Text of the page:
Cordilleran Section - 108th Annual Meeting (29–31 March 2012)

Paper No. 2
Presentation Time: 08:30-18:30


VASSALLO, L.F., Centro de Geociencias, Universidad Nacional Autónoma de México, Campus Juriquilla, A.P. 1-742, Querétaro, 76000, Mexico,

San Nicolás is a Late Jurassic-Early Cretaceous, stratiform Zn-Cu-Ag-Au-massive sulfide deposit located in central Mexico, with a total resource of 99 Mt of ore grading 1.36 percent Cu, 1.64 percent Zn, 0.41 g/t Au and 24 g/t Ag. The host-rock succession consists of variably altered rhyolite in the hanging wall and a basalt-dacite-dominated volcano-sedimentary sequence in the foot wall. The sulfide deposit and hosting volcanic sequence were metamorphosed under lower greenschist conditions.

A laterally continuous footwall alteration zone extends beneath the entire district (~80 km2) and to a stratigraphic level down least 200 m below the ore lenses. The bulk of this zone is occupied by feldspar-destructive, muscovite-biotite-chlorite-rich, mottled alteration facies with disseminated pyrite. The fault zone with intense quartz-pyrite alteration represents the principal fluid pathway during mineralizing hydrothermal activity. Locally, quartz-K feldspar alteration facies exist on the fringes of the system, and calcareous alteration and chlorite-pyrite alteration facies occur in the upper part of footwall volcanics, next to sulfide lenses. Porphyritic basalts, pillow lavas and volcanic breccias in the hanging wall are unaltered or weakly altered.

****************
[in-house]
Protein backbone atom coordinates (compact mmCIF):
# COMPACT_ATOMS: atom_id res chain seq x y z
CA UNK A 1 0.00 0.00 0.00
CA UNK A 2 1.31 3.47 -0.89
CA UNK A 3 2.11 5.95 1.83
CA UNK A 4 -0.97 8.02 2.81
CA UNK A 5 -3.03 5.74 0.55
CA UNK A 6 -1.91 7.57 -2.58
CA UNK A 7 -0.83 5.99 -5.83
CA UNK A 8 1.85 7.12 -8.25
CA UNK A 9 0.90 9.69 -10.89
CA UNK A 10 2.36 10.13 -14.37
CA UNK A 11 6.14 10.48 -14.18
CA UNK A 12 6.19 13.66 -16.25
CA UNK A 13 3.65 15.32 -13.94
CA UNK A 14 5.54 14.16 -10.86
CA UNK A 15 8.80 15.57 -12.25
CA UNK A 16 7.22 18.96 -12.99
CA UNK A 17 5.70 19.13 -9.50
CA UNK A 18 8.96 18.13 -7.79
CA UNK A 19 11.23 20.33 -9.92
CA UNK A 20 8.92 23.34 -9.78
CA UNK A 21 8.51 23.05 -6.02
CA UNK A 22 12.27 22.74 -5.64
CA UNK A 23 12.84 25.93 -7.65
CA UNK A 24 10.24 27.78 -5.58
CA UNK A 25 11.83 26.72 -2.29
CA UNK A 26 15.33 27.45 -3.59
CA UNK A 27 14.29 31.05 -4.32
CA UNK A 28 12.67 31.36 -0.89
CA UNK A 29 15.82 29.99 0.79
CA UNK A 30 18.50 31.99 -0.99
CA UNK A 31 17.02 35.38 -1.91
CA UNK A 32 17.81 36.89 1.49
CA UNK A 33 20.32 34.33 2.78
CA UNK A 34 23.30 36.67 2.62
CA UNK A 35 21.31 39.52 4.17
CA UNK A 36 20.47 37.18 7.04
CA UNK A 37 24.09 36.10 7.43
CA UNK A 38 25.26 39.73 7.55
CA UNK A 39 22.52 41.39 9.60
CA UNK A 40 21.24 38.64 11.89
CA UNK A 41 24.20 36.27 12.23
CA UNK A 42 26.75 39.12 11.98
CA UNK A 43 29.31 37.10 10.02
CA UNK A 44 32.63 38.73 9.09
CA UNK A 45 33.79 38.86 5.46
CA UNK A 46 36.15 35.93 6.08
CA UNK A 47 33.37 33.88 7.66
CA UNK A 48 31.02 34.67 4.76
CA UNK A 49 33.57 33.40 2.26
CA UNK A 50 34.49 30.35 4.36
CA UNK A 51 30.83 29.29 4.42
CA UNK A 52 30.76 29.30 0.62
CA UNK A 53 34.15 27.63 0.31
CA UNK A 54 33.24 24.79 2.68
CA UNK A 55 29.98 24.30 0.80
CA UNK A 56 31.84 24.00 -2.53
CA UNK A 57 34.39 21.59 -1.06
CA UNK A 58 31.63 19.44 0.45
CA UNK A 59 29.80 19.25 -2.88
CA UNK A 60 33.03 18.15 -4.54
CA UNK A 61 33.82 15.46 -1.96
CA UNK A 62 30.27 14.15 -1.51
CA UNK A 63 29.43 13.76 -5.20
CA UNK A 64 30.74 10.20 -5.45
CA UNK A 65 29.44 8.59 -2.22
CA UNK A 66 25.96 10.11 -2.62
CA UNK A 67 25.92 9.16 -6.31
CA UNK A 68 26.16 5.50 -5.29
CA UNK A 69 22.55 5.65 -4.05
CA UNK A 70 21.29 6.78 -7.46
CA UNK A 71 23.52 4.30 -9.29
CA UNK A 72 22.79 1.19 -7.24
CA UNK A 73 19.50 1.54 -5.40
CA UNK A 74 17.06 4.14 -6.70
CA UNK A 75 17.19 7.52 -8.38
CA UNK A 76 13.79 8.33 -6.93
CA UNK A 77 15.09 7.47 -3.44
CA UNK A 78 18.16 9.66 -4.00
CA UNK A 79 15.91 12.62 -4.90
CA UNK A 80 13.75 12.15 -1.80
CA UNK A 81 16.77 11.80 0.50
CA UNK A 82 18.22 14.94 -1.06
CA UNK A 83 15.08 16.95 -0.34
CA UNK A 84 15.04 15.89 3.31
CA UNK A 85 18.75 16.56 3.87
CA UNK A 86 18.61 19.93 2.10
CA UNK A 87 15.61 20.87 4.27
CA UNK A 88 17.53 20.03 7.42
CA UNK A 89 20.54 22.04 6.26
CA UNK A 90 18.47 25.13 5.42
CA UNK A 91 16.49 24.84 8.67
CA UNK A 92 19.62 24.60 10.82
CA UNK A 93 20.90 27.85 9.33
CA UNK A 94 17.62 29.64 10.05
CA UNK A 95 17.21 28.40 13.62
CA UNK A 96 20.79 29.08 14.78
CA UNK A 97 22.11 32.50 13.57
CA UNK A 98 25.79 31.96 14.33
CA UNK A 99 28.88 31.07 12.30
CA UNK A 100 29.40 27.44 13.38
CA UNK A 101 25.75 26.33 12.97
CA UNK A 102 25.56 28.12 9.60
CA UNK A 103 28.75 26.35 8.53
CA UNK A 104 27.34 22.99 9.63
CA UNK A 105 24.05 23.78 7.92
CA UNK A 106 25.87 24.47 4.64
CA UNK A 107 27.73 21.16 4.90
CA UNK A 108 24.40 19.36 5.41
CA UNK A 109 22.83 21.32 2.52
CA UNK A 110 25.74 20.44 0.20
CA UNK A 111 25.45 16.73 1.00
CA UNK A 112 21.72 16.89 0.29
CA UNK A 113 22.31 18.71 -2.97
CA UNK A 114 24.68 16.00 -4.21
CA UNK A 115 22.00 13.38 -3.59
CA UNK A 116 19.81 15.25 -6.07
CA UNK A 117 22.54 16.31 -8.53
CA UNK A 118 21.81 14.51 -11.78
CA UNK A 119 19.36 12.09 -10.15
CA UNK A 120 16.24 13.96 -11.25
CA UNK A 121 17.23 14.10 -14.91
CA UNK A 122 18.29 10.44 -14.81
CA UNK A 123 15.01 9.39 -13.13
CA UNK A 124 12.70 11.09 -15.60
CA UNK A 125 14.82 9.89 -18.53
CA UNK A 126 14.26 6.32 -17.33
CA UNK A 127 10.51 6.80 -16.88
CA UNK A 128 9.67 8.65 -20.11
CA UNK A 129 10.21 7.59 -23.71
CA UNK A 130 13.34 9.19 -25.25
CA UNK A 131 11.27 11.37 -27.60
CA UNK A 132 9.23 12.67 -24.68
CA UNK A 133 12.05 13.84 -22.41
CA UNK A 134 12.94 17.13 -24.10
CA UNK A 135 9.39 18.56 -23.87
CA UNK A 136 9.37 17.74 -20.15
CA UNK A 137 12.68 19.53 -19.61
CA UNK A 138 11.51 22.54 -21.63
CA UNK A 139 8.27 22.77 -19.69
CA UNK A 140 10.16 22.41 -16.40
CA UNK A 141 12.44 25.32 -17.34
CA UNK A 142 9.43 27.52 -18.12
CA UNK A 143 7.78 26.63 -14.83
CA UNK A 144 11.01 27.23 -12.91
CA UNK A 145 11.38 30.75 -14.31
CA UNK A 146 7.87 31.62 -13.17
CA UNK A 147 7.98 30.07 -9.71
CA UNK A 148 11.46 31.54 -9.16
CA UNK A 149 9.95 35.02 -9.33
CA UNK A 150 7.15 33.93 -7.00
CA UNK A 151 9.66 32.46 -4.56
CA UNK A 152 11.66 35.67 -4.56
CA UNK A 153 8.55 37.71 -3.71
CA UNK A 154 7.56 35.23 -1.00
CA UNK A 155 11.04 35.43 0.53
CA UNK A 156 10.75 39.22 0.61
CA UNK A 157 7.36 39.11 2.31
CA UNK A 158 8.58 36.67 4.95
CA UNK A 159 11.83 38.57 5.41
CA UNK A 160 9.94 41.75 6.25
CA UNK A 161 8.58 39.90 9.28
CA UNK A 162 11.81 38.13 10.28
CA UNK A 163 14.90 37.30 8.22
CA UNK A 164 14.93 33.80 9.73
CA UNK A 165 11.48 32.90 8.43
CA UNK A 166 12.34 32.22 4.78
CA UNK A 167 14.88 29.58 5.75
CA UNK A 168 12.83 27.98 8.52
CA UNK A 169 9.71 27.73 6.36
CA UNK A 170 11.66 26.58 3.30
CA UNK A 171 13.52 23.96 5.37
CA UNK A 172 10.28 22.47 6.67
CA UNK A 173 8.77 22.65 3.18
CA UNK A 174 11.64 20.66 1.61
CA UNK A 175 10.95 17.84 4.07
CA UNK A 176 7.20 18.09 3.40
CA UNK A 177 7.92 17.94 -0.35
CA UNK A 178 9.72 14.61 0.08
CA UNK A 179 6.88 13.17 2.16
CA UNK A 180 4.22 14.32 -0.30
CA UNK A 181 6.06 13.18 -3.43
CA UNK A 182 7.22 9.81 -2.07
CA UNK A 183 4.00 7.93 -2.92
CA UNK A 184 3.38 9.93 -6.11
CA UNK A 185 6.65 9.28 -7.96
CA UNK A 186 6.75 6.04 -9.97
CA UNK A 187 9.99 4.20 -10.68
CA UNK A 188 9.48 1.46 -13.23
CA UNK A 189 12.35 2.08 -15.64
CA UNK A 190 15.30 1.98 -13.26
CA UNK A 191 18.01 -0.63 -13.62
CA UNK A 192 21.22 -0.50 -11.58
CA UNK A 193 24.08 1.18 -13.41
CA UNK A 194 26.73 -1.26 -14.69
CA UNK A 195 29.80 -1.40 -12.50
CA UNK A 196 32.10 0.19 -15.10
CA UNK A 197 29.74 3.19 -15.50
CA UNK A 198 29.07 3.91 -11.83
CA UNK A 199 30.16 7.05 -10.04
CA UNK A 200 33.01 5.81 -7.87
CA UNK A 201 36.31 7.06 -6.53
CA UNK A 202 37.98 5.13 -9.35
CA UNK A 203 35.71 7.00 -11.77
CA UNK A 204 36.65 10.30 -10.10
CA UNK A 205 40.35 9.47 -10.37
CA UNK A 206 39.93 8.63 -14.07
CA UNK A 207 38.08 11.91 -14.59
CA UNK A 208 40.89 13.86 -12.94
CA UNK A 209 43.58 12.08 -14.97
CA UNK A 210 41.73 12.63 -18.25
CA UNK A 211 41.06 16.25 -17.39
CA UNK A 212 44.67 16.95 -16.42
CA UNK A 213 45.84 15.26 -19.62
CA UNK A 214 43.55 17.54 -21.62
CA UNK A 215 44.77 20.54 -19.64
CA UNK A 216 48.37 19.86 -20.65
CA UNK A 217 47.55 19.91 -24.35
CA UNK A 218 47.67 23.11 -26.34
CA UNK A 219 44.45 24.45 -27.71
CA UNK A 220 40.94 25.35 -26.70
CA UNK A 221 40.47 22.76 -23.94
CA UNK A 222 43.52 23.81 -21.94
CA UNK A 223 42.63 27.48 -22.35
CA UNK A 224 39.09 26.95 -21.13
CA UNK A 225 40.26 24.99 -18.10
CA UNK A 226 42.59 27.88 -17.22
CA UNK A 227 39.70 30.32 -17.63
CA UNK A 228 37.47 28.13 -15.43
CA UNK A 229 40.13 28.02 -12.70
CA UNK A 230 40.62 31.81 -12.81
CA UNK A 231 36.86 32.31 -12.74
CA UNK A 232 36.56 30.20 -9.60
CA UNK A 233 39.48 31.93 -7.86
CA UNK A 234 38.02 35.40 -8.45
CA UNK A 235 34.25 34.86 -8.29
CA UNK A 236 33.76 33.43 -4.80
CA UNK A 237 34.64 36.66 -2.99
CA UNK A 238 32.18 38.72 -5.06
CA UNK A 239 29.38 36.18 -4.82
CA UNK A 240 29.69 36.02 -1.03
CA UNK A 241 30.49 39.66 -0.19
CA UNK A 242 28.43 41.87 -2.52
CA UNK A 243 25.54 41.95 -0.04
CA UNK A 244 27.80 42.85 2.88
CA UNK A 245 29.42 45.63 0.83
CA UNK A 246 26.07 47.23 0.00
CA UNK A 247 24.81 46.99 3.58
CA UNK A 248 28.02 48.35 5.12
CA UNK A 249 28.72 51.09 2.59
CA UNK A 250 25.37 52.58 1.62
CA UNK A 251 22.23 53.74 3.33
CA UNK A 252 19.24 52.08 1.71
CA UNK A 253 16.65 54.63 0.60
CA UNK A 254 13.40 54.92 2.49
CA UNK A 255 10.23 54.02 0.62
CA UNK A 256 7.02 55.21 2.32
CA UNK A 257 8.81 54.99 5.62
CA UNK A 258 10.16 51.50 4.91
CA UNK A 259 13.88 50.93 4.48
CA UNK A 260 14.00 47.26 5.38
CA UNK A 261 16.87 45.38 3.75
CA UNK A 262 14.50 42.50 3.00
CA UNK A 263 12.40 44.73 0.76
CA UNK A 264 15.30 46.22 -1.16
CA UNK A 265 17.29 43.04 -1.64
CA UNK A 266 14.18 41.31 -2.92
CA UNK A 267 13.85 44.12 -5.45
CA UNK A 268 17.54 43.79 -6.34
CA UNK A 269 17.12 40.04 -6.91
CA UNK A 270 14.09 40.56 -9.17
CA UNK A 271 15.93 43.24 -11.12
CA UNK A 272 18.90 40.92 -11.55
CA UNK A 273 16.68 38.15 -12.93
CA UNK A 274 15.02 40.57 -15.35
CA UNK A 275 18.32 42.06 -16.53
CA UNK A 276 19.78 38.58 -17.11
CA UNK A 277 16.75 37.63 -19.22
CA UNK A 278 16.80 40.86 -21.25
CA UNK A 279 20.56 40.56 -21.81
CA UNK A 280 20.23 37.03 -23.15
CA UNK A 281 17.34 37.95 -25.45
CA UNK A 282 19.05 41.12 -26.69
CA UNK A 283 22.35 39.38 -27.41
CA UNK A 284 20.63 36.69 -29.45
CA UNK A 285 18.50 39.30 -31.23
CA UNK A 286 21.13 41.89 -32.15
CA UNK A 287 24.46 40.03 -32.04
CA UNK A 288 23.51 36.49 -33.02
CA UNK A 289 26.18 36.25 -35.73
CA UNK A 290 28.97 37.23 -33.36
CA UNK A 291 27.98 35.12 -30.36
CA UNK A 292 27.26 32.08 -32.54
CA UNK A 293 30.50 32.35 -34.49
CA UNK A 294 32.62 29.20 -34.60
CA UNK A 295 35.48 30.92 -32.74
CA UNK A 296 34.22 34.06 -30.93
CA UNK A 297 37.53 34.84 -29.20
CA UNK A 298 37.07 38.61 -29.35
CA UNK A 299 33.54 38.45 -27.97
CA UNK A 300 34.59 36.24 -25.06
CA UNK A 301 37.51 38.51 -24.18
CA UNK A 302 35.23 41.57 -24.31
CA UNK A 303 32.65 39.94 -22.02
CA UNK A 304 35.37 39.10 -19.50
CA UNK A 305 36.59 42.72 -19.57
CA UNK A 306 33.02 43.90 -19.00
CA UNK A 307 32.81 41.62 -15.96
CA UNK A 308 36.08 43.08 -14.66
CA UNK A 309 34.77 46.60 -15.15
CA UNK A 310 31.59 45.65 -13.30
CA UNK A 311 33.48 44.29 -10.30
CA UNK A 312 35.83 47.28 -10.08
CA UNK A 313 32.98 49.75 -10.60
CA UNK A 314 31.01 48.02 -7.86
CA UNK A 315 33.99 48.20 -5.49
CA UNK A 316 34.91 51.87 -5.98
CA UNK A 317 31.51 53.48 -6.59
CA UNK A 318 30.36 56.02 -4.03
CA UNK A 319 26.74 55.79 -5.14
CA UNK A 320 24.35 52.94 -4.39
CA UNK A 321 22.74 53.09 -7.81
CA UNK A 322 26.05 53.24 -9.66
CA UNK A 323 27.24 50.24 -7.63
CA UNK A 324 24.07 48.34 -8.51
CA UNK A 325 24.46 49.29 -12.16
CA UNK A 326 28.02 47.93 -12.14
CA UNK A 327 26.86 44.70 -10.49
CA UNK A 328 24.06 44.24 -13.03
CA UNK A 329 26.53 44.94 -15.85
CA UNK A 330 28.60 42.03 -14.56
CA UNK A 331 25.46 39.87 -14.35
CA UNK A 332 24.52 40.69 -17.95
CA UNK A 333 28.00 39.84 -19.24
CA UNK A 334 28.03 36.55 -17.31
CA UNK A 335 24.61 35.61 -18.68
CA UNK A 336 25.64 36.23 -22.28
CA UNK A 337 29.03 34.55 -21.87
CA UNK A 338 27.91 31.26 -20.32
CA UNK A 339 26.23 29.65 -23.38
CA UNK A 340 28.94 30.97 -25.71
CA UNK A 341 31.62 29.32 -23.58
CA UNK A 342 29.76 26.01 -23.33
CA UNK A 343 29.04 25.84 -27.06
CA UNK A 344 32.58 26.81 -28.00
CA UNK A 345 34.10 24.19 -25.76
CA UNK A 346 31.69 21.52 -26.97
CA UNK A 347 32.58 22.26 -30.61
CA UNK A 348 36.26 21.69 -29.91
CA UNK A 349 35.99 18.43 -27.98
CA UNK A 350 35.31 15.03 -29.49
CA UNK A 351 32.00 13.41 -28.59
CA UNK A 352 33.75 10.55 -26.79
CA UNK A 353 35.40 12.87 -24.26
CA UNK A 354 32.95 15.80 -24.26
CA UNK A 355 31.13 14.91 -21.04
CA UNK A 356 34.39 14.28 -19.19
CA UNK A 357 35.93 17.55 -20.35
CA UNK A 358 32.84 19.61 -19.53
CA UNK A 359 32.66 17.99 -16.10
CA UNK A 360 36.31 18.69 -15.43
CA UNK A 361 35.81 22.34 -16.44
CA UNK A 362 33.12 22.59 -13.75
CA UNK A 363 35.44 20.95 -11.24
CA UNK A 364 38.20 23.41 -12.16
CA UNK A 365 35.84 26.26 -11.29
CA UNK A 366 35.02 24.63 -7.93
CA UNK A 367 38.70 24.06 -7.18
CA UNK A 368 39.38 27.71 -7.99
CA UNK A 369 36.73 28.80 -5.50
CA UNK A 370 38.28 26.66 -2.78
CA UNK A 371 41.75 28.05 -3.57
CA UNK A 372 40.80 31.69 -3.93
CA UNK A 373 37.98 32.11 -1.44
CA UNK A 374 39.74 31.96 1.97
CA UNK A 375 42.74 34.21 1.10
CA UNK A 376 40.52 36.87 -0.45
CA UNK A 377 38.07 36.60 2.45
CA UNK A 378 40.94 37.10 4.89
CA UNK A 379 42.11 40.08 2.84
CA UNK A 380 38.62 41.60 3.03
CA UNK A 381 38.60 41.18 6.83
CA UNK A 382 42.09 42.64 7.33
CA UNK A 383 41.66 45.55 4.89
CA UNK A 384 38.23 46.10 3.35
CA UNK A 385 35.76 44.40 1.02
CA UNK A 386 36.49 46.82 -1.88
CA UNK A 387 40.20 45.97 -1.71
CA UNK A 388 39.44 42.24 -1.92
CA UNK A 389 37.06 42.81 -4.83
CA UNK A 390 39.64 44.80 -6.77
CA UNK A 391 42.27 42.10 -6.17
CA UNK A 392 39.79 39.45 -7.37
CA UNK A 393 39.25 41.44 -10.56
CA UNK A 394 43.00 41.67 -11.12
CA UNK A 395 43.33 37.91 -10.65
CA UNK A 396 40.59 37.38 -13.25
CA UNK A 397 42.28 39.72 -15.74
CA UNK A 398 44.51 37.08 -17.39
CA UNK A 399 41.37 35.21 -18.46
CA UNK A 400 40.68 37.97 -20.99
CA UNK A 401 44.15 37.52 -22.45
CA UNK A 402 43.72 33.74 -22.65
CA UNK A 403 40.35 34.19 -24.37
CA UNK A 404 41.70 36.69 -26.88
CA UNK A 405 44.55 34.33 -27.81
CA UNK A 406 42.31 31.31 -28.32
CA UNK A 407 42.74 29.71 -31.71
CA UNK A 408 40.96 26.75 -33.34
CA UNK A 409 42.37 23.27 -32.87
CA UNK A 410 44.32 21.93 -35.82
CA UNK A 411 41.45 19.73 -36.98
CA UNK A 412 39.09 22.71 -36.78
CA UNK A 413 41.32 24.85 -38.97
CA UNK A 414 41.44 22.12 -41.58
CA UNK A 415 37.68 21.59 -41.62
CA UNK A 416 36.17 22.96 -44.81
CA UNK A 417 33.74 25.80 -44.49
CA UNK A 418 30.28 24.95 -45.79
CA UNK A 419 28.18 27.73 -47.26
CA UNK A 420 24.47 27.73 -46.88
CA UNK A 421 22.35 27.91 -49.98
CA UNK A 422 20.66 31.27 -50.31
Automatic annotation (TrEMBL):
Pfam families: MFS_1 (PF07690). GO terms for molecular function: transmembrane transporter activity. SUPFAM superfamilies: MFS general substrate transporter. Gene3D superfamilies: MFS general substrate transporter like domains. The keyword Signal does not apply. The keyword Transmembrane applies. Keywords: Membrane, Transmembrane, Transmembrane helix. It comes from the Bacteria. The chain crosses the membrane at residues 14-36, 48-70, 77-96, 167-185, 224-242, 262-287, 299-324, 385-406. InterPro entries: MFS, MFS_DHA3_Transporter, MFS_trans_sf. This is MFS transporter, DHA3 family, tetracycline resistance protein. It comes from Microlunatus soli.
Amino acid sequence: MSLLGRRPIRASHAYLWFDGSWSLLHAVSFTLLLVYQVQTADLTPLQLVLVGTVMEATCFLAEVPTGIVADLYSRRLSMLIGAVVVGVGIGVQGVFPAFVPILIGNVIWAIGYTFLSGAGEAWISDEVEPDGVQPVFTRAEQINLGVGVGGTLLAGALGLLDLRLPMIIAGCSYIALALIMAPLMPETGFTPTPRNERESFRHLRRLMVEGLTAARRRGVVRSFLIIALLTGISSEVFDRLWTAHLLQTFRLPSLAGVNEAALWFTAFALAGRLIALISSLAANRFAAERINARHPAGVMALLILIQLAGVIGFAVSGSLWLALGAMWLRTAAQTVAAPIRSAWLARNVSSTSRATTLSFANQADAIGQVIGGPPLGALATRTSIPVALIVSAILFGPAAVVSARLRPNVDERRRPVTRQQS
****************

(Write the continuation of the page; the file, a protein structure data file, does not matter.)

Calcareous alteration probably represents the initial phase of hydrothermal activity. This was followed by diffuse upwelling of acidic hydrothermal fluids causing disolution of underling limestones and destruction of primary feldspars, precipitation of pyrite, and formation of sericite, chlorite, and clay minerals. Subsequently, intense quartz-pyrite alteration was directly associated with mineralization.

The San Nicolás footwall alteration zone shows systematic geochemical changes with increasing proximity to the ore bodies. These include Na depletion and elevated Mg, S, alteration index (AI), chlorite-carbonate-pyrite index (CCPI), Mo, Bi, and As. These geochemical features can be used in exploration for massive sulfide deposits as vectors to ore, at the prospect district scale, and in discrimination of prospective hydrothermal from unprospective diagenetic alteration systems, at the regional scale.